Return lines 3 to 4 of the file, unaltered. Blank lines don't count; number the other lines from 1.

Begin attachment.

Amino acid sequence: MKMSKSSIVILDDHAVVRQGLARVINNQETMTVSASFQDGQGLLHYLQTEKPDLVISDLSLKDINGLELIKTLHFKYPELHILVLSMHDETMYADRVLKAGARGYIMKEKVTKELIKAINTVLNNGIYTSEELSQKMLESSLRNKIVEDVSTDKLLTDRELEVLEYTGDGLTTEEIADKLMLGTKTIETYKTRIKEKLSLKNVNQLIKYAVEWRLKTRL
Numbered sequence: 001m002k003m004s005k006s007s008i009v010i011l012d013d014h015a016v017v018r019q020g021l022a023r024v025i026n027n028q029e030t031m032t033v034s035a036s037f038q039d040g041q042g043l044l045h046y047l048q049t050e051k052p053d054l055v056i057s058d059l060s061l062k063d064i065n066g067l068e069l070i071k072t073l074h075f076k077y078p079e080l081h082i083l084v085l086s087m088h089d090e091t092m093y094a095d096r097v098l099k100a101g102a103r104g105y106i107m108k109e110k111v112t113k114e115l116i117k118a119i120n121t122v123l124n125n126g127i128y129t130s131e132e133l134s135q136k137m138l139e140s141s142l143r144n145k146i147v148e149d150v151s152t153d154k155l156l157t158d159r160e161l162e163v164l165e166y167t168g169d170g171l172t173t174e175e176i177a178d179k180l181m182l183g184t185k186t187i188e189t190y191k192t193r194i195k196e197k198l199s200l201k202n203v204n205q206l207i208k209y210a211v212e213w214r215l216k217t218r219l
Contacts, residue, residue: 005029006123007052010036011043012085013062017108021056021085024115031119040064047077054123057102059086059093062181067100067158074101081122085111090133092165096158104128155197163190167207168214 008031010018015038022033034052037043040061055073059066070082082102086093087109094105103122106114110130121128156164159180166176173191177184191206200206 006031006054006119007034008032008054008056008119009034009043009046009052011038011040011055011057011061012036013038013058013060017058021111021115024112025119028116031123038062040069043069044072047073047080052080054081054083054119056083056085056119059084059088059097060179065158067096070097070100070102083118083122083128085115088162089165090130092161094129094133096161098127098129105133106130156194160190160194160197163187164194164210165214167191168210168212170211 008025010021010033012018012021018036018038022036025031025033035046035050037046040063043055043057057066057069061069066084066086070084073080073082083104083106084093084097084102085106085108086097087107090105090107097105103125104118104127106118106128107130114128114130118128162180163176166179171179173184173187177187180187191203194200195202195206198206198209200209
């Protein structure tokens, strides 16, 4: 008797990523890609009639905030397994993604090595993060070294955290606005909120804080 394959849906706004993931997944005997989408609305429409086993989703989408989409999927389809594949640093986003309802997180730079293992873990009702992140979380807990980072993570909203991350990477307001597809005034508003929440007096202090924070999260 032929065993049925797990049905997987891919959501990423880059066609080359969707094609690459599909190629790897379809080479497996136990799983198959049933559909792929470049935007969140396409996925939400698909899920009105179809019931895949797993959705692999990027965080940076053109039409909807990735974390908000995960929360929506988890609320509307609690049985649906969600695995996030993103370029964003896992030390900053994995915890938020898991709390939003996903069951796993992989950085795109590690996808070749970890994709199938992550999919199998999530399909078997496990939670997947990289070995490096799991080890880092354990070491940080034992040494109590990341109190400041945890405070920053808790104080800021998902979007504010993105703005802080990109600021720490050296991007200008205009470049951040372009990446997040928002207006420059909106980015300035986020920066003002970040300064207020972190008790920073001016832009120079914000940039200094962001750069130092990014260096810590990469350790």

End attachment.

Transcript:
Contacts, residue, residue: 005029006123007052010036011043012085013062017108021056021085024115031119040064047077054123057102059086059093062181067100067158074101081122085111090133092165096158104128155197163190167207168214 008031010018015038022033034052037043040061055073059066070082082102086093087109094105103122106114110130121128156164159180166176173191177184191206200206 006031006054006119007034008032008054008056008119009034009043009046009052011038011040011055011057011061012036013038013058013060017058021111021115024112025119028116031123038062040069043069044072047073047080052080054081054083054119056083056085056119059084059088059097060179065158067096070097070100070102083118083122083128085115088162089165090130092161094129094133096161098127098129105133106130156194160190160194160197163187164194164210165214167191168210168212170211 008025010021010033012018012021018036018038022036025031025033035046035050037046040063043055043057057066057069061069066084066086070084073080073082083104083106084093084097084102085106085108086097087107090105090107097105103125104118104127106118106128107130114128114130118128162180163176166179171179173184173187177187180187191203194200195202195206198206198209200209
């Protein structure tokens, strides 16, 4: 008797990523890609009639905030397994993604090595993060070294955290606005909120804080 394959849906706004993931997944005997989408609305429409086993989703989408989409999927389809594949640093986003309802997180730079293992873990009702992140979380807990980072993570909203991350990477307001597809005034508003929440007096202090924070999260 032929065993049925797990049905997987891919959501990423880059066609080359969707094609690459599909190629790897379809080479497996136990799983198959049933559909792929470049935007969140396409996925939400698909899920009105179809019931895949797993959705692999990027965080940076053109039409909807990735974390908000995960929360929506988890609320509307609690049985649906969600695995996030993103370029964003896992030390900053994995915890938020898991709390939003996903069951796993992989950085795109590690996808070749970890994709199938992550999919199998999530399909078997496990939670997947990289070995490096799991080890880092354990070491940080034992040494109590990341109190400041945890405070920053808790104080800021998902979007504010993105703005802080990109600021720490050296991007200008205009470049951040372009990446997040928002207006420059909106980015300035986020920066003002970040300064207020972190008790920073001016832009120079914000940039200094962001750069130092990014260096810590990469350790």